Baseball has its “seamheads’’ and the auto world its “gearheads,’’ but I don’t suppose there are “noteheads’’ for fans of imaginatively composed annotations, which is a shame in this case.
Leslie Klinger’s efforts on that score have proven something of a wonder with his dogged marginalia in his treatments of Bram Stoker’s “Dracula” and the complete Sherlock Holmes canon, so it seems fitting that we have this nearly 900-page collection of stories of perhaps our most wondrous local author, the star-crossed, horror pioneer H. P. Lovecraft.
These days, Lovecraft tends to mostly come up on account of the unending charges of racism in his work. He clearly held attitudes that were not wholly uncommon in their time, especially here in New England where the Providence-born Lovecraft (1890-1937) set so many of his tales. But it also would be fair to say that Lovecraft’s views seem to outpace those of your garden-variety 1920s bigot. Essentially, the whiter people tend to be the good guys in Lovecraft, and he never really veers from that thematic position.
Klinger’s notes, which run up and down the margins of nearly every page, could even be read, quite apart from the main text, as a book of its own. In them he refuses to enter into an apologia for this simple reason: Lovecraft could be so good, so imaginative and terrifying, that the salient points, despite the objectionable ones, are what you take away. And those are points of soul-infusing necromancy that haunt a reader post-story, just as they haunt the characters enmeshed in them.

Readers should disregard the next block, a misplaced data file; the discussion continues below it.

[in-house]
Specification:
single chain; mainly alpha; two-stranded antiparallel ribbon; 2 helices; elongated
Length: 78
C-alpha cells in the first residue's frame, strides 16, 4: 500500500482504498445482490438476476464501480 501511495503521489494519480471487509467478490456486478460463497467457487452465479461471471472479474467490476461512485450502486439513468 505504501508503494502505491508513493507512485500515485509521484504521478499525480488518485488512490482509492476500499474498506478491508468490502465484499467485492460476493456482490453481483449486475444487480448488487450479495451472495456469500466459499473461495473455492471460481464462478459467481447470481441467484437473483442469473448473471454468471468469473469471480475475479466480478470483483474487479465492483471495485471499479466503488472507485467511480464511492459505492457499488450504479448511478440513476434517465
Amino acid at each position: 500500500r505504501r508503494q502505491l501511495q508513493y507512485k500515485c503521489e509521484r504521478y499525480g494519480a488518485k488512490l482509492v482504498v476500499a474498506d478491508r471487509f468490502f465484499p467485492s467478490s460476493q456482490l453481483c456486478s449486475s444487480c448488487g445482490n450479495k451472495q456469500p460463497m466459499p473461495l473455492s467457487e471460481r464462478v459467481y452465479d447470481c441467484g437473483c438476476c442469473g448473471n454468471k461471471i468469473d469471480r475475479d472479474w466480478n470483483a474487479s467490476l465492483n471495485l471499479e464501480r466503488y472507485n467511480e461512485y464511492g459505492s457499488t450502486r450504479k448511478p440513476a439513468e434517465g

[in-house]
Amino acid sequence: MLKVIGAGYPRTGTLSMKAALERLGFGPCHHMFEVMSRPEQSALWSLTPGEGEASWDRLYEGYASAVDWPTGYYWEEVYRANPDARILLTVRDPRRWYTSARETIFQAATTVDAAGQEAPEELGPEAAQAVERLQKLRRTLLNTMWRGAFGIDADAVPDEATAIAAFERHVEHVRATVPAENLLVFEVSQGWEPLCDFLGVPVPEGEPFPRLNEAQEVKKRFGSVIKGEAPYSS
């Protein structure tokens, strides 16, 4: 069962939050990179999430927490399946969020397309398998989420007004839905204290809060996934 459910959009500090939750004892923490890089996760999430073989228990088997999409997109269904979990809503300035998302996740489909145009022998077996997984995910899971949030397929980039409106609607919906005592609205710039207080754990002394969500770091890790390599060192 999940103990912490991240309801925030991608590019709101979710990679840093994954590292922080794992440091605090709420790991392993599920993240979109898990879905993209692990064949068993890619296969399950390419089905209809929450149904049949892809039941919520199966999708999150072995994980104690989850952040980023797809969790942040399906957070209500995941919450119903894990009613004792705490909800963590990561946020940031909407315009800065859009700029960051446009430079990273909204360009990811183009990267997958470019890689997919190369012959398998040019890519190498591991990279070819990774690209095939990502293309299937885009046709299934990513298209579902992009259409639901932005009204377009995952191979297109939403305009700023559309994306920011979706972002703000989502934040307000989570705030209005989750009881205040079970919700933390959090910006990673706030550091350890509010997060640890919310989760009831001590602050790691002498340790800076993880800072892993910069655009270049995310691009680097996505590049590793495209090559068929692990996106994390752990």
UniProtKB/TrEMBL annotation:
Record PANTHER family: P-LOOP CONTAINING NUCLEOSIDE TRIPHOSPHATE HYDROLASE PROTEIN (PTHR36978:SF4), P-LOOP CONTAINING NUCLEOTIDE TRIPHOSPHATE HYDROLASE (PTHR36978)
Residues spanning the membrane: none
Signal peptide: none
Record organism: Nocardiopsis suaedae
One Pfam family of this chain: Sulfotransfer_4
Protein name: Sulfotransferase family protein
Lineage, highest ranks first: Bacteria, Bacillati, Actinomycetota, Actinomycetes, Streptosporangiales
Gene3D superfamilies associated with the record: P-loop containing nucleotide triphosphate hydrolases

Klinger starts with a history of weird and ghost fiction that gives a nod to Lovecraft’s own minor classic, “Supernatural Horror in Literature.” Lovecraft’s crucial maxim, which we see throughout the 22 stories Klinger has selected, is: “The one test of the really weird is simply this — whether or not there be excited in the reader a profound sense of dread, and of contact with unknown spheres and powers; a subtle attitude of awed listening.”
That attitude wafts like something from a noisome crypt through the corrupted greensward of “The Dunwich Horror.” “The trees of the frequent forest belts seem too large, and the wild weeds, brambles and grasses attain a luxuriance not often found in settled regions,” Lovecraft writes, with Klinger touching on a host of points: a discussion of Lovecraft’s debt to Milton; a reference to an informing 1821 essay; a fun fact, if you will, that a mountain mentioned in the tale actually does exist, even if the village of Dunwich does not.
Lovecraft the man emerges in the notes too. He was something of a gaunt-faced haunt himself, preferring to not go out at night. His end was mean, dying in penury at 46, never able to make a living with his work, and reduced, at times, to stinting on food so he could afford postage and paper to maintain his various voluminous correspondences. These letters went to writers such as Clark Ashton Smith and August Derleth (the man who founded the press Arkham House — named after the fictionalized Massachusetts town where Lovecraft set so many stories — which gave Lovecraft’s neglected work posthumous life). Those two, along with Lovecraft and many others, would be referred to as the Lovecraft Circle. Klinger traces who used which bit of raw material the master had come up with in his own writing.
Lovecraft’s output was prolix, as his prose could be, so Klinger sticks to what Lovecraftians call the Arkham Cycle, the stories that tap into the Cthulhu Mythos, the world that was to Lovecraft as Yoknapatawpha County was to Faulkner.
Klinger teases out some choice insights for “The Dreams in the Witch House,’’ an uneven North Shore terror tale that, nonetheless, could not have been written by anyone else, a fantastical descent into hyperspace against a backdrop of multiturreted houses. Klinger provides the necessary help for some of the features of this world — “A prolate spheroid is one in which the polar axis is longer than the diameter,” for those keeping score at home — but it is Lovecraft’s eldritch imagination that offers the ebon delights, Klinger toting a flashlight for worthy new glimpses.
Colin Fleming is the author of the forthcoming “The Anglerfish Comedy Troupe: Stories from the Abyss.”